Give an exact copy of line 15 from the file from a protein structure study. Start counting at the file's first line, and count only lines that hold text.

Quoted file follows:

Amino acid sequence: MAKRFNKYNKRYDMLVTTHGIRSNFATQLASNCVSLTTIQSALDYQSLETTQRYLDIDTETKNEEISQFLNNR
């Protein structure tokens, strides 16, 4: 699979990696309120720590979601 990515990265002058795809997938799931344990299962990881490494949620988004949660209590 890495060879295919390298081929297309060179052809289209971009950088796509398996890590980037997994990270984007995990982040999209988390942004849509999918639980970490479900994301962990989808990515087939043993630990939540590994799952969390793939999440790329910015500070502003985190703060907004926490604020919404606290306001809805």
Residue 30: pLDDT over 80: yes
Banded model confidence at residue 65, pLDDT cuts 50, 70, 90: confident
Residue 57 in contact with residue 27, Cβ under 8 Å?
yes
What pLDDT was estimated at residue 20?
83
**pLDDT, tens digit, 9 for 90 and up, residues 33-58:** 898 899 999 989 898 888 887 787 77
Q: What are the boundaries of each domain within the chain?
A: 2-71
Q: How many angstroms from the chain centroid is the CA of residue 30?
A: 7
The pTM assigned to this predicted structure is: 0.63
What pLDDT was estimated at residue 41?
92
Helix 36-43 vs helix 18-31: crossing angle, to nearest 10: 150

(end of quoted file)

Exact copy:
What pLDDT was estimated at residue 41?